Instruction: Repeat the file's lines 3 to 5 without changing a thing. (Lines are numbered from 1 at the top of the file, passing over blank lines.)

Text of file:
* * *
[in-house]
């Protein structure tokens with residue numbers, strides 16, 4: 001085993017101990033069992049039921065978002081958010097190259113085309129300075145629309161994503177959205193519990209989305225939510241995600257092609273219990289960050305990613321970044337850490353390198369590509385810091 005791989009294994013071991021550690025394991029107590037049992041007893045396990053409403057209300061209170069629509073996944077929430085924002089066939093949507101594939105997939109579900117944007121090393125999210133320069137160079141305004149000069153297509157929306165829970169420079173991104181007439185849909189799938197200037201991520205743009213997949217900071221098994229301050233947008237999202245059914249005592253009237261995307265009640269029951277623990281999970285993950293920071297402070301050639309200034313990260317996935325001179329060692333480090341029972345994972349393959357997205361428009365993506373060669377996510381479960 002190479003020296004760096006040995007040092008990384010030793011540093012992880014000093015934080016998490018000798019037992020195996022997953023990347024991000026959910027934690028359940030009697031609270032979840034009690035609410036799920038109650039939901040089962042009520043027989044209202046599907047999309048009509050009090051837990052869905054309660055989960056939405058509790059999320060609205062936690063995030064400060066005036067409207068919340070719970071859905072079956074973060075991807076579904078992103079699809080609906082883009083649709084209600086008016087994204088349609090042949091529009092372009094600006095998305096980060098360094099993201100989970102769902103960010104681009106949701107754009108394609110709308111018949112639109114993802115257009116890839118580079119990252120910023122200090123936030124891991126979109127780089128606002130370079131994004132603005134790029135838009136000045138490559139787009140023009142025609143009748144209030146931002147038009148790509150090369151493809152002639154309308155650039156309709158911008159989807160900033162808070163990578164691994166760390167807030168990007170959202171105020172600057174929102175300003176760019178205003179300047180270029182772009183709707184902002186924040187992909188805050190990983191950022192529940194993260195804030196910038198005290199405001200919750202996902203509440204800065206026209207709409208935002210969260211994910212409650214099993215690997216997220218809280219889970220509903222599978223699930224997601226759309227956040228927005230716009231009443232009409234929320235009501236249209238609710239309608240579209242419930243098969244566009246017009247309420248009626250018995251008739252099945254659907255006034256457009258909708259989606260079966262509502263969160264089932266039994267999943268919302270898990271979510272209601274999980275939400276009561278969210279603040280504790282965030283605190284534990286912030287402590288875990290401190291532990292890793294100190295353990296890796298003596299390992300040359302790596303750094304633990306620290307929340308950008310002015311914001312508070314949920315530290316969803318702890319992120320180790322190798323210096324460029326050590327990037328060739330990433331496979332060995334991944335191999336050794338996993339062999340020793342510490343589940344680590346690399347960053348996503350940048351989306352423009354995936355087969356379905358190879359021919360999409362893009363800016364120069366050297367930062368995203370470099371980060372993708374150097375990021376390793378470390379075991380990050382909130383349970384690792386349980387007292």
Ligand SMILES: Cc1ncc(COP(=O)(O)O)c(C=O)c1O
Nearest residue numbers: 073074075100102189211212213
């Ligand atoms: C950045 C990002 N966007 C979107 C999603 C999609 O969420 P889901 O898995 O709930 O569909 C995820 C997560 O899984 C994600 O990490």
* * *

Ligand SMILES: Cc1ncc(COP(=O)(O)O)c(C=O)c1O
Nearest residue numbers: 073074075100102189211212213
């Ligand atoms: C950045 C990002 N966007 C979107 C999603 C999609 O969420 P889901 O898995 O709930 O569909 C995820 C997560 O899984 C994600 O990490």